Another new gameplay mechanic that Starcraft 2 has added is in the form of destructible rocks. These are generally back-doors into your opponents base, and if they aren’t watchful you could have a 1-way ticket straight to their main. Or they to yours. These new mechanics have seriously hindered the effect of turtling, which means you wall up in your base (generally a Terran favorite with siege tanks). I consider this a very good thing, because turtling is a very bad strategy in the fact that it allows your opponents free reign over the entire map. You may be able to hold them off for a few minutes, but they’ll eventually get enough minerals, gas, and units to pummel any sort of defenses you may be able to build on one base.
The economy in Starcraft 1 is generally very confusing. It’s an almost organic system that scales un-proportionally to how many workers you have gathering. While the law of diminishing returns was very much in effect (each worker past a certain point was less effective than the previous) [especially due to the bad pathing in Starcraft 1], it did allow a viable strategy called Maynarding. Maynarding is credited to a certain player of the same name, where while building an expansion, you could make all the extra workers you needed for the expansion, effectively saturating the minerals as soon as the expansion was built.
In Starcraft 2, worker pathing and pathing in general is very much improved. Workers don’t fly around trying to find an available mineral patch. In fact, they’ll patiently wait the few milliseconds it takes for another worker to finish mining. What this means though, is there is nearly a cap on how many workers per base is effective. It’s generally thought to be 2 workers per patch in Starcraft 2. This is a great thing, but it does severely hinder the benefits of Maynarding. While those workers you were making in Starcraft 1 would still help your economy while you waited for your expansion, the benefit is severely reduced in Starcraft 2. What this effectively means is that every expansion takes much longer to actually saturate to be efficient. This also means that losing an expansion early on is devastating because you won’t earn back the cost quickly.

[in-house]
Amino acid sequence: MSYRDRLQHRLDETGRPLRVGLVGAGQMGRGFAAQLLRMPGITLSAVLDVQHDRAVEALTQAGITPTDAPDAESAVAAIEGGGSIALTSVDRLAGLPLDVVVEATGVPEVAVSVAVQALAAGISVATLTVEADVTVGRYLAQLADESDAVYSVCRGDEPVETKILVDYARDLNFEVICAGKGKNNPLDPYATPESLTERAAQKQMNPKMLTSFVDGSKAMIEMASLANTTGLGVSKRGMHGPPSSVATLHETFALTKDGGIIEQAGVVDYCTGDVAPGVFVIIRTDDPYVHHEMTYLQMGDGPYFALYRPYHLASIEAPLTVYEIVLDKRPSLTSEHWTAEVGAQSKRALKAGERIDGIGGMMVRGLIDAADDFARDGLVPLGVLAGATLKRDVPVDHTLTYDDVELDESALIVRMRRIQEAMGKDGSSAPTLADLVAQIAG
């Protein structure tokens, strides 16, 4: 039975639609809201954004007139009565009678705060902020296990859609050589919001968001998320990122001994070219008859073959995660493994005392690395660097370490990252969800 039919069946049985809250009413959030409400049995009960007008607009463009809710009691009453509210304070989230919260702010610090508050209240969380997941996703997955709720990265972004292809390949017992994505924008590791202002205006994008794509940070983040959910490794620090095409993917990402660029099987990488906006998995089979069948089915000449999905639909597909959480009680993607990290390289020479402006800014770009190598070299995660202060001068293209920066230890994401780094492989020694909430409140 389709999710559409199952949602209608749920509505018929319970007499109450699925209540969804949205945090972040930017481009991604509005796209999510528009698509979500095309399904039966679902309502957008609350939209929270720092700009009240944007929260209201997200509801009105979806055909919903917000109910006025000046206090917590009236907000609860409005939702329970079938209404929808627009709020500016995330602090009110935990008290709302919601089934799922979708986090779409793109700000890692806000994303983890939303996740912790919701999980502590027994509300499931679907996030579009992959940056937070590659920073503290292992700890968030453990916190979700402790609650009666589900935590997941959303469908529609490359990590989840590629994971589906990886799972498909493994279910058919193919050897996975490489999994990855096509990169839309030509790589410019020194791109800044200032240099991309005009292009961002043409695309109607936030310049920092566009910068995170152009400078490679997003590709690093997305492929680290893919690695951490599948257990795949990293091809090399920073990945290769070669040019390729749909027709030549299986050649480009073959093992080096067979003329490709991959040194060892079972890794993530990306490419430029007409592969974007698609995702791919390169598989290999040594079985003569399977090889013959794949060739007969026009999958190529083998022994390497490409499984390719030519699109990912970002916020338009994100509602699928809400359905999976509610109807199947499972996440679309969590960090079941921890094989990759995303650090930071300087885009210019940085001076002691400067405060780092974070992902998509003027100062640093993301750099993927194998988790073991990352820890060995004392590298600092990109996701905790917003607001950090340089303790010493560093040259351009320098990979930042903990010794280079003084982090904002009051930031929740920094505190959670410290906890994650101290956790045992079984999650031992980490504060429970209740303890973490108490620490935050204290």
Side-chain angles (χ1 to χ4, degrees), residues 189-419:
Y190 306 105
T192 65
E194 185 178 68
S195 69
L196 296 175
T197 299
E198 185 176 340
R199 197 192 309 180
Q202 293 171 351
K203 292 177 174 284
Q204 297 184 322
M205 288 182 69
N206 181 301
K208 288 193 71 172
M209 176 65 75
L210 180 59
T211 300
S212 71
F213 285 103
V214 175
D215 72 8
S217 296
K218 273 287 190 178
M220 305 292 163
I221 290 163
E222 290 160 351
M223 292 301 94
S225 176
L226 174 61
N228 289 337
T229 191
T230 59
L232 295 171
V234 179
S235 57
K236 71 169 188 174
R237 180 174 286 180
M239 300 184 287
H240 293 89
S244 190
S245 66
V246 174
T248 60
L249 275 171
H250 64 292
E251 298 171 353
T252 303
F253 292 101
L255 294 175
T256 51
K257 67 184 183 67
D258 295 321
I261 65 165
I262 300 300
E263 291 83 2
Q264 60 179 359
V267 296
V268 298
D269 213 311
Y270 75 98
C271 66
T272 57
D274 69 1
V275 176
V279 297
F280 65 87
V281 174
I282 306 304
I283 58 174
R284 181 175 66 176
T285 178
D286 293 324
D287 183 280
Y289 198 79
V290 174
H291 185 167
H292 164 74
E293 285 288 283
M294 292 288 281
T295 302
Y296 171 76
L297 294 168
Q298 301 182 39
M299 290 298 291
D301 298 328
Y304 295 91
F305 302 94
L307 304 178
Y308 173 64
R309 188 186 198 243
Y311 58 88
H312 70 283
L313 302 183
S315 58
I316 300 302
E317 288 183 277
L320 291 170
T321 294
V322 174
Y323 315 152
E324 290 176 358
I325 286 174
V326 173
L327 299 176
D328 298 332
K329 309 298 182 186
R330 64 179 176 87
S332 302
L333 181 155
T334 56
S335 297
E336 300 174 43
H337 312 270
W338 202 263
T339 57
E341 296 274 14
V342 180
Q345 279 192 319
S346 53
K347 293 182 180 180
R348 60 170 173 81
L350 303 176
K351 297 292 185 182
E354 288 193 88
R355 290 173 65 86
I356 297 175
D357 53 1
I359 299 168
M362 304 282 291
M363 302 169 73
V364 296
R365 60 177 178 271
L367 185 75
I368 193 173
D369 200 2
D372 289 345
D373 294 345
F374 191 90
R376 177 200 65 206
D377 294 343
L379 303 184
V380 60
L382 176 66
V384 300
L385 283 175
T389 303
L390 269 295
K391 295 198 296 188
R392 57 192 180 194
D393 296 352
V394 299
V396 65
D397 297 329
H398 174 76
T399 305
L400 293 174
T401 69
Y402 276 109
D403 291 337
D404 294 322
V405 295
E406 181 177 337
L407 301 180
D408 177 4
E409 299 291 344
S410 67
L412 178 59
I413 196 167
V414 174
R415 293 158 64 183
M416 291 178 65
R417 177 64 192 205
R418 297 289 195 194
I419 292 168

Unit selection cap, and multiple building select
Another widely debated topic amongst hardcore fans is the new unit selection cap. Starcraft had a cap of 12 units that could be selected at once due to old user-interface problems. The new game though, Starcraft 2, allows for up to 255 units to be selected at once. This changes gameplay so much! Instead of 1a2a3a (Hotkey, attack, etc.) it’s click and drag mouse, a. I actually really like this new mechanic, as it doesn’t take 150 APM to simply assault a base. I think it allows for more strategy as a newer player, and welcome it.
Pro players may find a distaste for it, because they may assume it lowers the skill cap between pro players and mediocre players. I somewhat disagree, because just sending all your units into an attack can be a very bad thing as well; it can cause you to lose your entire army if you don’t pay attention. Pros will still use hotkey groups and try to attack from multiple places at once.
Multiple building select is another thing that may be seen as lowering the overall skill ceiling of the game. It’s yet another thing I disagree with. MBS lets you select multiple gateways, hatcheries, or any other production buildings at once. What I think this really means is less hotkeys to worry about. Macro certainly has been made easier (especially with the new rally attack), but it isn’t something I find has lowered the skill ceiling. If a player makes 400 Zerglings, but your opponent has a good mix of colossus, zealots, or carriers, the player with the Zergling army will be destroyed barring a Nydus canal (at a similar unit cap). And the fact still remains that you should never let your opponent make 200 of anything!
You can produce units in a more efficient manner, but all the strategy is still there. If a player forgets to use the previously mentioned macro mechanics, he/she will also be at a very strong disadvantage.
I think the game is deserving of the title Starcraft 2. Many of the originals bad interface chokepoints have been fixed, thus making it a bit easier for players new to the series to jump in. Blizzard however also kept E-sports a very important priority, and has maintained a level of multi-tasking that certainly is not easy to master. I think we’ll be seeing plenty of exciting games from lots of Starcraft pros like Jaedong, Flash, Bisu, etc. should they choose to switch over. This game is new, gorgeous, has excellent music, and certainly has a competitive edge to it. There are more -hard- counters than the original, so the way the strategies need to be implemented are different.
Here are some Starcraft 2 Videos and Replays in 1080p! Hope you enjoy!